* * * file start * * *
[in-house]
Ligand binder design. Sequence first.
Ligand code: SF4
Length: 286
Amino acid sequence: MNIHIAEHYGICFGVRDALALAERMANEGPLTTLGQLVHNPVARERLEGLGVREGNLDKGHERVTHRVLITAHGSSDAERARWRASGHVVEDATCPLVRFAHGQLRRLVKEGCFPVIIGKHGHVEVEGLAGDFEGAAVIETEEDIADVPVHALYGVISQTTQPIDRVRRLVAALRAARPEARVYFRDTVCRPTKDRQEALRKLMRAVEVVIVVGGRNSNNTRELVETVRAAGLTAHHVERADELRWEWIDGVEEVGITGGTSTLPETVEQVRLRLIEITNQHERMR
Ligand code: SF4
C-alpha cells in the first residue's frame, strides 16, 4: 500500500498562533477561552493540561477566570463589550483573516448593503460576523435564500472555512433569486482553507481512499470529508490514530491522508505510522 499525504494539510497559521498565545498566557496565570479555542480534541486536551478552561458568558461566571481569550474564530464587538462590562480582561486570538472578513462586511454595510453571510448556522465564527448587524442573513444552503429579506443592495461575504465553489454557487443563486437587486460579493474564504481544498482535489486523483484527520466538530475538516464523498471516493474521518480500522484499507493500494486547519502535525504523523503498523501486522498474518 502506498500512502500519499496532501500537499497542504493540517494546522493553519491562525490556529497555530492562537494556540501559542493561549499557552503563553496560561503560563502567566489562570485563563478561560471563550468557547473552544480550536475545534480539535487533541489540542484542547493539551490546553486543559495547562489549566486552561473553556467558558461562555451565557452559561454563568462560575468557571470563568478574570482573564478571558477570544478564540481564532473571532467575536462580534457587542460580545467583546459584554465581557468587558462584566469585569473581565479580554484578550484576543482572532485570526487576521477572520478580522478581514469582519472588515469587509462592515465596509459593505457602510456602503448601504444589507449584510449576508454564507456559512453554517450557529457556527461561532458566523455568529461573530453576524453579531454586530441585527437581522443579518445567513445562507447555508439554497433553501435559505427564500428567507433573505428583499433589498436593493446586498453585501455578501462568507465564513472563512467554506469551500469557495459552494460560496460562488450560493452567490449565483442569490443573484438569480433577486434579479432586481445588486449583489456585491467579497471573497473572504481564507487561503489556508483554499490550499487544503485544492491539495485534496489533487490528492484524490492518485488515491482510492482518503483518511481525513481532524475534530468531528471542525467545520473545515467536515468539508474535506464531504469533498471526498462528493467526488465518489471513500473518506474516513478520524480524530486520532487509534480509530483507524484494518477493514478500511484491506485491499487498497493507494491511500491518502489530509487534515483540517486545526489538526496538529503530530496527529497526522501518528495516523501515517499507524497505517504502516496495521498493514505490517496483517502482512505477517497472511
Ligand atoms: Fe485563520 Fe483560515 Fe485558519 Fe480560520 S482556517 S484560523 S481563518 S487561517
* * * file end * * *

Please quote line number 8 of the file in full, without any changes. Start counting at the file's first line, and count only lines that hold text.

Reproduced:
Ligand atoms: Fe485563520 Fe483560515 Fe485558519 Fe480560520 S482556517 S484560523 S481563518 S487561517